“I see in Egypt and the Arab and Islamic world a severe anger toward the violations made by a very small number of individuals. They have insulted the prophet Mohammed, peace be upon him. We stand very strongly against this. We don’t agree with or approve this, and we stand against anyone who tries to raise such false slogans and create these disturbances, tension and hatred between populations.”
“Those [people] are not accepted, not by people in Egypt nor other Arab and Islamic countries, nor by their own people. I affirm that the American people reject this and I’ve called on them to declare their rejection of them, at the same time with our rejection of those bad practices that bring harm and not benefit.”
“At the same time, we don’t accept, condone, or approve at all for there to be attacks on embassies, consulates or people, or killing in any way.”
“We want to cooperate with the entire world and we are cooperating now with the E.U. and the European people and with the American people and others and the U.S. administration to prevent such practices in the future. Also, we insist on the protection of persons, properties and embassies. The Egyptian people are very civilized and could not ever express their rejection of such practices with an attack on an embassy or person or consulate.”
A video of the full Brussels press conference is available here (video expires in 7 days).
Official Muslim Brotherhood Statement
The official Muslim Brotherhood statement, published both in English and Arabic, focused heavily on the content of the film, and the insult to religion it poses. An excerpt from the statement reads:
“The repeated abuse of the Messenger of God indicate the presence of hatred and bigotry in those who stand behind it, with ignorance, connivance and indulgence in those who permit such persistent abuse.
Thus hurting the feelings of one and a half billion Muslims cannot be tolerated, and the people’s anger and fury for their Faith is invariably predictable, often unstoppable.
We denounce abuse of all Messengers of God, Prophets and Apostles, and condemn this heinous crime. We further call for criminalization of assaults on the sanctities of all heavenly religions.
Otherwise, such acts will continue to cause devout Muslims across the world to suspect and even loathe the West, especially the USA, for allowing their citizens to violate the sanctity of what they hold dear and holy. Hence, we demand that all those involved in such crimes be urgently brought to trial.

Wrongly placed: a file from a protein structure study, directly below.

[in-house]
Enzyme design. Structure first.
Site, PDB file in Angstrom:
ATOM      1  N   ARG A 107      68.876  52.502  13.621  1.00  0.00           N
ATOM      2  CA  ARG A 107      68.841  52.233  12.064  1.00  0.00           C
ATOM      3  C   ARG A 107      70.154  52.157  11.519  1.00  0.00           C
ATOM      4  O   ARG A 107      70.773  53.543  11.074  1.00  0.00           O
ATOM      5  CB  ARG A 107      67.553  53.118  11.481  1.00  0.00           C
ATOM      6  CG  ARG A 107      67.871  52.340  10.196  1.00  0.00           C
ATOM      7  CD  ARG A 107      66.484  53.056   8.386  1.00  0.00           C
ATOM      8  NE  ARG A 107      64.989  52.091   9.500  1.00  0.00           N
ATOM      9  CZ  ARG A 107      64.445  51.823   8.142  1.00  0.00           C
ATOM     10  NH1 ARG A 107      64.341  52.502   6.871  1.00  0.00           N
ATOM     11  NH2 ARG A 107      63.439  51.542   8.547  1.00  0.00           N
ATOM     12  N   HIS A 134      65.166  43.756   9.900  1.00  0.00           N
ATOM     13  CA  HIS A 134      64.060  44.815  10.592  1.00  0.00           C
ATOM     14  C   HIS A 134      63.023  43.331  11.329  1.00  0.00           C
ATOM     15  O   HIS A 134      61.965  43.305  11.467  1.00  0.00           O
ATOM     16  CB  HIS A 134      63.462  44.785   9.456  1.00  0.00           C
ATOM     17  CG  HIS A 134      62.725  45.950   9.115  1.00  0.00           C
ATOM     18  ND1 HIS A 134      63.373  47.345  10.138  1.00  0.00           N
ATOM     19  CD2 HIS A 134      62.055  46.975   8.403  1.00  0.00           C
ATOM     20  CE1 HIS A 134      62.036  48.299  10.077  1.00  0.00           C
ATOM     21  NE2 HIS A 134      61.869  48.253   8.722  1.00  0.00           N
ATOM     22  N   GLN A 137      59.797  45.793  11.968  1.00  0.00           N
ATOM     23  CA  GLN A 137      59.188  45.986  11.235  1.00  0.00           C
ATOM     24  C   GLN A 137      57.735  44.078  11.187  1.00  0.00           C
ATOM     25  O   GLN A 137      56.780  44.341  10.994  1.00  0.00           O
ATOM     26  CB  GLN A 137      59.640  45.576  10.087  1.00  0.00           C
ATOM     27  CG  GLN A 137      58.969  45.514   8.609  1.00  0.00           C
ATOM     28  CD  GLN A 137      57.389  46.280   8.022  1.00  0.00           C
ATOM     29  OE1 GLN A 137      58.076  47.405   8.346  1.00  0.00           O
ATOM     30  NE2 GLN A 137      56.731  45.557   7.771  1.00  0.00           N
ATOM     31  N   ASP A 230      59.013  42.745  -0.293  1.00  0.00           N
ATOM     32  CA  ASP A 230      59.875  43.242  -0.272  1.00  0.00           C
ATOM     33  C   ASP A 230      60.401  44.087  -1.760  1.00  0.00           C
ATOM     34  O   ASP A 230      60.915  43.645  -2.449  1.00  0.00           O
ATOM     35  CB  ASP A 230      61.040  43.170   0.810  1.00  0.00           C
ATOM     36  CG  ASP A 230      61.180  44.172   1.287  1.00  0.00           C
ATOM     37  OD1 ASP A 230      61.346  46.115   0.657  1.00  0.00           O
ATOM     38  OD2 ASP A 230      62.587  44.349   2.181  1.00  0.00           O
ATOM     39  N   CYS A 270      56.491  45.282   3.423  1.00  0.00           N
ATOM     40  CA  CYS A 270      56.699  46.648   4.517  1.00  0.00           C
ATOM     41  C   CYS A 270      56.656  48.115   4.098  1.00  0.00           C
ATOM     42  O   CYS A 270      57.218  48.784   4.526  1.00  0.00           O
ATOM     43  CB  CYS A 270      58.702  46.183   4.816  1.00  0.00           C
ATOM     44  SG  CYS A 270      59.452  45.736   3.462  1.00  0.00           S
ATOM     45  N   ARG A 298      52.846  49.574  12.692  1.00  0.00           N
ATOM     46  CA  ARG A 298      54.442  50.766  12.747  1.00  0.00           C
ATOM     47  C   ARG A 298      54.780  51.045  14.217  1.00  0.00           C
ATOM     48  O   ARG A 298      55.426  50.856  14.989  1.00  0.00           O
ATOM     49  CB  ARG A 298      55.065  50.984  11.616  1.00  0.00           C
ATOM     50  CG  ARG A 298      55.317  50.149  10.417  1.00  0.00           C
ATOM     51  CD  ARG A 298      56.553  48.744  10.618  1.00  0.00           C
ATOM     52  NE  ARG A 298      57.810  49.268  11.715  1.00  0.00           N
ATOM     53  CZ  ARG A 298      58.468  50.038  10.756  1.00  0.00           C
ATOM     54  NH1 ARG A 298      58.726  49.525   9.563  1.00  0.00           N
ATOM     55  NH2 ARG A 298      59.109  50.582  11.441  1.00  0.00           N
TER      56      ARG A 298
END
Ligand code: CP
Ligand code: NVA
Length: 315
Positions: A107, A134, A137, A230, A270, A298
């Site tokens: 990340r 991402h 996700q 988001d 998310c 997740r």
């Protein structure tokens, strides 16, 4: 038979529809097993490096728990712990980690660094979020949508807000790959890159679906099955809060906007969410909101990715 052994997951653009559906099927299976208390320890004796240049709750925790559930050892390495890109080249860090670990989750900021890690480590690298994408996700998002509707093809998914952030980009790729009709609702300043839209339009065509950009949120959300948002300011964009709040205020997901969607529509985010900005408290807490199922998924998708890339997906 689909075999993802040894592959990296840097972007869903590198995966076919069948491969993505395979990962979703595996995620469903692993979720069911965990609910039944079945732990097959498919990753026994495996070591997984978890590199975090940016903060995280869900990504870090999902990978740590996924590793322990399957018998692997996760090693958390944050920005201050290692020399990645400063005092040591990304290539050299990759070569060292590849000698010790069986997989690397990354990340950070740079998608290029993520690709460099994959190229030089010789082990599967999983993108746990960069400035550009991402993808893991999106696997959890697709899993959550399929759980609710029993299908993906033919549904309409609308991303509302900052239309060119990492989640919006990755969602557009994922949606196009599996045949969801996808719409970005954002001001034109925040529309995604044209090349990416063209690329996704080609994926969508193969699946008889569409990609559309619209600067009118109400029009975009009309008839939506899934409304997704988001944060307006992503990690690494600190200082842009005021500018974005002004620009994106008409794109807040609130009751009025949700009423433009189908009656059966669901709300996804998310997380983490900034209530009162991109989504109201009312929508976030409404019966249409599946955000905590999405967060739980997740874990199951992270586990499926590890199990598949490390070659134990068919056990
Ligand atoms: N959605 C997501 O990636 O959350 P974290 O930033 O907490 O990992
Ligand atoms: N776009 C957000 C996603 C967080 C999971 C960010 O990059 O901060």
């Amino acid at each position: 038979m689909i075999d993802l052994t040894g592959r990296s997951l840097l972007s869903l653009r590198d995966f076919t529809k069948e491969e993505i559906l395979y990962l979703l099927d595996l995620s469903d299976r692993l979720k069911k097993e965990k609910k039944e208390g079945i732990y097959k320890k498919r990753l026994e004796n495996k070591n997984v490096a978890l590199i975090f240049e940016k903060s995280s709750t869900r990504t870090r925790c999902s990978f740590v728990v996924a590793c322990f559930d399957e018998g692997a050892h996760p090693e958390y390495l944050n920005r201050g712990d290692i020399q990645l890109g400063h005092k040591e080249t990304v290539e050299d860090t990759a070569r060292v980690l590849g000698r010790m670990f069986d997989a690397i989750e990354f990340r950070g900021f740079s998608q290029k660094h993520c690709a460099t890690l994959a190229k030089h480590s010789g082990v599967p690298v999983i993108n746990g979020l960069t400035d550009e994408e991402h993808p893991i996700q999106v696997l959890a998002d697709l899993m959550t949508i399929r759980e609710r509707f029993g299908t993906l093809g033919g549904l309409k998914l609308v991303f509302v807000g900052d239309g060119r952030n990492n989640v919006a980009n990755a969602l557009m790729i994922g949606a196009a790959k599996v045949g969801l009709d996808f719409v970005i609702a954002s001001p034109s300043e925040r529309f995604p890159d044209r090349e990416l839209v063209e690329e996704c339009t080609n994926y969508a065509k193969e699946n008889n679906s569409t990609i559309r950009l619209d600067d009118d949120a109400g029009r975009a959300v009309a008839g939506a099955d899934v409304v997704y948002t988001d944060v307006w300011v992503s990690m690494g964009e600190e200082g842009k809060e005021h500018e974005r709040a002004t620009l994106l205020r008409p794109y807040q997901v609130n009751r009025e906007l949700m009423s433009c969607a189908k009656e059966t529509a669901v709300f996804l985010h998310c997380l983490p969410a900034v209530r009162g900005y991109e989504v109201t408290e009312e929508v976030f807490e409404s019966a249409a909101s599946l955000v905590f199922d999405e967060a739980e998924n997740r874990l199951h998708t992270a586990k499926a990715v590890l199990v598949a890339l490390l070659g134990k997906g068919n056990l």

Certainly, such attacks against sanctities do not fall under the freedom of opinion or thought. They are crimes and assaults against Muslim sanctities, and must not be tolerated by the countries where they are produced or launched, since they are also detrimental to the interests of those countries in dealings with the peoples of the Muslim world.
The West has passed and imposed laws that punish those who deny or express dissident views on the Holocaust or question the number of Jews killed by Hitler, a topic which is purely historical, not a sacred doctrine.
The peoples and governments of the Muslim world have every right to condemn, with all peaceful and legal means, this new violation and heinous attack, and to take appropriate action to deter repeats of such acts of barbaric aggression.
While we reject and condemn the bloodshed and violent response to that abuse and the incredible tolerance certain countries show towards it, we cannot ignore the fact that these countries never made a move regarding the abuse until after the strong reaction seen across the Muslim world.
We believe those countries should take appropriate actions and lay out clear and proper procedures to deal with such crimes, especially since preparations for this abuse took place plainly, right under the noses of authorities in those countries – over several months. Prevention is always better than cure.
Finally, we call upon all Muslims to uphold and apply Quranic principles and emulate the Messenger of Allah. That is the most effective way to honor him – by setting a good example, particularly because this abuse comes at a time when peoples are trying to communicate with mutual respect.
Those who insult the sanctities wish to poison budding relations between the peoples, to disrupt the efforts to build bridges between civilizations, and to sow discord between the peoples.”
The Muslim Brotherhood’s Freedom and Justice Party also issued a statement in Arabic demanding international legislation criminalizing blasphemy.
Speaking on behalf of Khairat al-Shater, the Brotherhood's English language Twitter account published a series of tweets of a short statement made by the Brotherhood Deputy Chairman originally fielded as their presidential candidate before his disqualification. The statement read:
“Our condolences to the American people for the tragic loss of Ambassador Stevens, and three Embassy staff in Libya. Breach of the US Embassy in Cairo is illegal under international law, and police failure to protect embassy has to be investigated. We are relieved none of the US Embassy Cairo staff were harmed and hope US-Egypt relations will sustain turbulence of Tuesday's events. Egyptians earned the right to voice their opinion and expect the government to protect that right, however, they should do so within bounds of law. We do not hold the US government or citizens responsible for acts of the few that abuse the laws protecting freedom of expression.”
Shater expressed these thoughts in an op-ed which is said to have been distributed to English and Arabic language newspapers today.
Photo Credit: AFP